June 26, 2018
GLC’s: Pagar makan Padi
by Dr. Lim Teck Ghee
“ Yes, they enjoyed their position admittedly through patronage, but it would have been a competitive climb for them nevertheless. Is the mood for revenge against the previous regime making us senseless to the long-term damage to Malay progress in commerce?”–Former UMNO MP Tawfik Ismail
As the heads and top officials in Government-linked corporations (GLCs) continue to be lopped off and voices are raised on how to reform these enterprises, the wisdom of the new Pakatan government in taking off the kid gloves in dealing with GLCs has been questioned.
The plain truth, however, is that the shortcomings and failings of these enterprises have been known for a long time – long before Dr Mahathir described them as becoming “monsters”.
Crowding out private enterprise, given privileged access to contracts, benefiting from favourable government regulations and capitalizing in less discernible but nonetheless effective ways familiar or accessible only to insiders, the negative impact of these ubiquitous and often monopolistic bodies has been accentuated by their lead role in the poor governance and corrupt practices that have blighted the nation’s economy and society.
Self Censured Analysts
Most analyses of GLCs in the past and continuing today – even if critical -have either ignored or tended to avoid forthright and frank discussion of the main reason for the establishment and dominance of GLCs – the mission focus on the Malay agenda.
The key questions to be asked are:
what is this Malay agenda; whose interests does it serve; and should a race-based agenda be the driver or leitmotif of GLCs which rightfully belongs to all stakeholders in the country.
These questions need to be put out and answered in the public sphere regardless of whether the GLCs can be reformed and reconfigured in accord with truly national aspirations.
Perkasa Inaugural Congress, 2010 and GLCs
I had posed and tried to answer this question in response to Ibrahim Ali of Perkasa who, in the inaugural Malay rights group congress held on 27 March 2010, had said that “We are not only looking at their (GLC) performance but also the role they play in helping Malay entrepreneurs.”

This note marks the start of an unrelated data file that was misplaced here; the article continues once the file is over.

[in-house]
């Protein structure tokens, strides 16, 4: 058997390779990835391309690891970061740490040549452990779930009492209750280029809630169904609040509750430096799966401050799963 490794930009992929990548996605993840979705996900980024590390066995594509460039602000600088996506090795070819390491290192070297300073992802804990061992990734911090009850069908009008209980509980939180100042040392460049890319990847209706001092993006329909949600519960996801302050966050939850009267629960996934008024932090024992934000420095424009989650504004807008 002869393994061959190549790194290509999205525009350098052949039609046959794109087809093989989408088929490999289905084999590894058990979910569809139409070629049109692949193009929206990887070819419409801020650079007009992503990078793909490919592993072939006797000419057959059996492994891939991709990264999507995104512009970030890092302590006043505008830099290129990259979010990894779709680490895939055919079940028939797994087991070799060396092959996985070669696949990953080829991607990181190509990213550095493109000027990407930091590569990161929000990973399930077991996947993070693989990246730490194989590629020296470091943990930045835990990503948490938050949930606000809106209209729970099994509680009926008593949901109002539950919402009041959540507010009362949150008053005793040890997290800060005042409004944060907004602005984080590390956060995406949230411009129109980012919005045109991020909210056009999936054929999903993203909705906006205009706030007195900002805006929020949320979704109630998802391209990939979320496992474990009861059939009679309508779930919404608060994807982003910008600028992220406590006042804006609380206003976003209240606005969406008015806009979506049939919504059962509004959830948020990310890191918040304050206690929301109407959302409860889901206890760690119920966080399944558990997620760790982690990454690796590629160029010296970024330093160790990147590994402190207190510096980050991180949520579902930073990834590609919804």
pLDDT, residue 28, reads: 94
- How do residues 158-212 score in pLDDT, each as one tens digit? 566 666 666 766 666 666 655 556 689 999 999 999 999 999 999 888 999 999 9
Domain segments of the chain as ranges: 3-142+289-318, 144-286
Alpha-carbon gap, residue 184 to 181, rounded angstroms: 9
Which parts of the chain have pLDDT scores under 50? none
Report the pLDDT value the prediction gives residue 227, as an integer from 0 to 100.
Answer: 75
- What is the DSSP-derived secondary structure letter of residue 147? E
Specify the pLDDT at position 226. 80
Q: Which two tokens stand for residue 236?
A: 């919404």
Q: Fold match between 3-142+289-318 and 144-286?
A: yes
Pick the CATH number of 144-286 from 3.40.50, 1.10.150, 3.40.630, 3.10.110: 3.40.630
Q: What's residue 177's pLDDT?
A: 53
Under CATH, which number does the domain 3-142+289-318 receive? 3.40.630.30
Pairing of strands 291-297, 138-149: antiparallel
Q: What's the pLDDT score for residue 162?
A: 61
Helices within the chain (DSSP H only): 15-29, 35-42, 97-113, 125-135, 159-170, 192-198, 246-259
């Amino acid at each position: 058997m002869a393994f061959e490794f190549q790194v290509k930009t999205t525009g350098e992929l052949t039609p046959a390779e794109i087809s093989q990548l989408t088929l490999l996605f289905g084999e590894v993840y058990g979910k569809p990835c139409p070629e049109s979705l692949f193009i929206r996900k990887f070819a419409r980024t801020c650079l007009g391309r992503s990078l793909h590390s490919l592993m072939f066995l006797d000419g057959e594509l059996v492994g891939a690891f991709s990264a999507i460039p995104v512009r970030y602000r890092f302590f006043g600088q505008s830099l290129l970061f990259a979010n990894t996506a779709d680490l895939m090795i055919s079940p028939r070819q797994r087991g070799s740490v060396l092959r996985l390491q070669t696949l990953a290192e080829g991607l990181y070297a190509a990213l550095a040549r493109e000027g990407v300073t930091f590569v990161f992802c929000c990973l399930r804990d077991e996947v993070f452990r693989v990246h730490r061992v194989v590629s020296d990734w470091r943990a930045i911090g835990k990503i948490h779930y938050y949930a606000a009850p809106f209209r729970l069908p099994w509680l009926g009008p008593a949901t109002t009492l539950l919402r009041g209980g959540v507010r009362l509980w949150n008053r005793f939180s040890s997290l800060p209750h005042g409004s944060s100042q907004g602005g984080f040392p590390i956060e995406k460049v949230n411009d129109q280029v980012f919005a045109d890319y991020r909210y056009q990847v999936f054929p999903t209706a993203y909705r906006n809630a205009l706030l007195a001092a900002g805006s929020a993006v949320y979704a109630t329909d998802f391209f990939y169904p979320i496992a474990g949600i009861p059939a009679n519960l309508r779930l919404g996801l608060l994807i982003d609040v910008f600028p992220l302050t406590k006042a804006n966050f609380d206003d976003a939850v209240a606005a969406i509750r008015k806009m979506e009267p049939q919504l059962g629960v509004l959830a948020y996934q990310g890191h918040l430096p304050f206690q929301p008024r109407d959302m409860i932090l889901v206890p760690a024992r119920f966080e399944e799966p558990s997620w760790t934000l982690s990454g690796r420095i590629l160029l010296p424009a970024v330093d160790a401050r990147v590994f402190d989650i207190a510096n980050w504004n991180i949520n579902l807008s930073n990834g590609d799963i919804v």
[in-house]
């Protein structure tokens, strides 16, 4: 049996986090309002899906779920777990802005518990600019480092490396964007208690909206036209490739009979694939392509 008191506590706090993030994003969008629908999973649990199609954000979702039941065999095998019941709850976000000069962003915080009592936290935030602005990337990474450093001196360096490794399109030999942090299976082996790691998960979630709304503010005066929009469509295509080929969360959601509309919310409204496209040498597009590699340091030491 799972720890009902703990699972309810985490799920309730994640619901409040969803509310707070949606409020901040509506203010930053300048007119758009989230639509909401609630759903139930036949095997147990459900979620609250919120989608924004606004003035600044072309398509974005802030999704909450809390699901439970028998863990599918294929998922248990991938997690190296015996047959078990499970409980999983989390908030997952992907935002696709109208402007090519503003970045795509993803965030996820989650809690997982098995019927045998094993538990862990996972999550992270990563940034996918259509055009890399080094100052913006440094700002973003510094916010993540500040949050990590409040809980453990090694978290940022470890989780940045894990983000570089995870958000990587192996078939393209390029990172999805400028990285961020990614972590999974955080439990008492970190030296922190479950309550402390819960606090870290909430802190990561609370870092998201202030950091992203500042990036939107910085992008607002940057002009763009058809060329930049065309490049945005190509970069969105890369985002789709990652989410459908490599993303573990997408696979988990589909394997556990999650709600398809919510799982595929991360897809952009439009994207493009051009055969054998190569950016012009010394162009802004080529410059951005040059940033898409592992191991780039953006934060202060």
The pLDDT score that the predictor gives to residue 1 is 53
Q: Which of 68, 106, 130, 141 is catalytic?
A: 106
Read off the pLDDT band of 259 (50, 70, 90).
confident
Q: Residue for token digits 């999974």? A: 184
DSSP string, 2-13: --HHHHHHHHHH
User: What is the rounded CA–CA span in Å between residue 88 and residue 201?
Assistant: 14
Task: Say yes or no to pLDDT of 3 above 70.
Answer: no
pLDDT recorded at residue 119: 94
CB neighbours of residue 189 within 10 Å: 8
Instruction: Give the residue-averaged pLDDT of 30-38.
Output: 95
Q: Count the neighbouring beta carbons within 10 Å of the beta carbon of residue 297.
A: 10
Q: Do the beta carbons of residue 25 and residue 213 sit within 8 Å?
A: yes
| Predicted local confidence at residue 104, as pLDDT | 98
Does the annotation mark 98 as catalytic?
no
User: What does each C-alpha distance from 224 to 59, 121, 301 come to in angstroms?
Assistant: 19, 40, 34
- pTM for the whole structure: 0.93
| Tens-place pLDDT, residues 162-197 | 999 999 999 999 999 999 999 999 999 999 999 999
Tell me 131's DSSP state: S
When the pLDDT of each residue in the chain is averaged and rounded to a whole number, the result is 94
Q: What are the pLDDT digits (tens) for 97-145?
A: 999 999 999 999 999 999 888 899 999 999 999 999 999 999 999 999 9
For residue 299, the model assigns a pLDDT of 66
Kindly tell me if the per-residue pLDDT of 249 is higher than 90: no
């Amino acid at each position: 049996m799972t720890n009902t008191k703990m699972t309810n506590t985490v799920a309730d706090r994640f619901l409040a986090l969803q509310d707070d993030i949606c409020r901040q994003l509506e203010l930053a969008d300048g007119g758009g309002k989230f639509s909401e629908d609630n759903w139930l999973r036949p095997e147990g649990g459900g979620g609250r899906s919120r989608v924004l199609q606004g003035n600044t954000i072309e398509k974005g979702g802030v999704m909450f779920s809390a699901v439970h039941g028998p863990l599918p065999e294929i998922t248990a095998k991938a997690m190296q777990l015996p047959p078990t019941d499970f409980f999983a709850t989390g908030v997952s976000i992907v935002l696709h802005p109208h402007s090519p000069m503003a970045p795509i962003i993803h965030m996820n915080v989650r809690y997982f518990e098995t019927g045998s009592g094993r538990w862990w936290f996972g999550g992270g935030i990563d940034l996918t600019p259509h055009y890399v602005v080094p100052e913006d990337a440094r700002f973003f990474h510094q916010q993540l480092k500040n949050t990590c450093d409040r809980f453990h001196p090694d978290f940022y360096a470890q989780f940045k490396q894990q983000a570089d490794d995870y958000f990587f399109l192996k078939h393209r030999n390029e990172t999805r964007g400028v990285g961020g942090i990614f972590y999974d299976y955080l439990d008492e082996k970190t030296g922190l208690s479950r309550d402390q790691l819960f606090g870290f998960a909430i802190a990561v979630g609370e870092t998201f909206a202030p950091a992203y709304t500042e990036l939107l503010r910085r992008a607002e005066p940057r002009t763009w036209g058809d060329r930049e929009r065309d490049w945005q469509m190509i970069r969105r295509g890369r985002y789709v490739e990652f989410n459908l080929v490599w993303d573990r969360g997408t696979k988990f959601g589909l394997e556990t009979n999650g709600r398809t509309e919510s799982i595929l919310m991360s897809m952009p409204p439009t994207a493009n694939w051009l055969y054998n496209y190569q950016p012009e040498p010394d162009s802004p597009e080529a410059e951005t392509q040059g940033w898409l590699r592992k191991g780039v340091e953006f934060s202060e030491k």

I had replied then that:
“The Malay and Malaysian public should look forward to hearing the outcome of Perkasa monitoring the GLCs and learning the truth about how these bodies are standing in the way of, or seriously implementing, their mission of fulfilling the Malay agenda.” See http://www.cpiasia.net/v3/index.php/141-cpi-writings/lim-teck-ghees-contribution/1888-perkasa-glcs-and-the-new-economic-model
At that time, in 2010 eight years before the present debate, I noted too the considerable success of GLCs in furthering the Malay agenda from the following indicators:
- GLCs are major shareholders of corporate equity. They comprise 36 per cent and 54 per cent of the market capitalization of Bursa Malaysia and the benchmark Kuala Lumpur Composite Index.
- Seven out of the top 10 listed companies are under majority ownership of the government.
- Senior GLC positions are largely determined along ethnic lines. GLC directors, management and staff are largely Bumiputeras.
- Non-Malay owners of listed and unlisted companies often have no choice but to work with influential Bumiputera and GLCs to help protect their interests through obtaining sub-contracts or becoming suppliers of goods and services.
- Non-Malays may own 40 per cent of corporate equity Based on the government’s flawed calculations but GLCs are the major players and have control over the economy.
Malay Agenda Accomplishments Since NEP
I had also noted that much of the new wealth in the country is in Malay hands. These sources of wealth include the plantation sector which is dominated by Felda and PNB companies; the smallholding agricultural sector where the Malays are the major group amongst the 112,635 Felda settlers; the hi-tech aerospace industry; the defense industry; the petroleum and gas industry where apart from Petronas and MMC, the Malays have substantial holdings in key MNCs such as Shell, Exxon, BP; the finance and banking sector where eight out of 10 banks are Bumiputera- owned and controlled; the automotive sector where Malay interests are dominant in Proton, Perodua, DRB Hicom, UMW and Naza, and where the system of APs ensures a steady stream of income for select Bumiputeras; the energy and utilities sector where TNB and Malakoff are key players; the more recently contentious MARA’s digital malls and so on.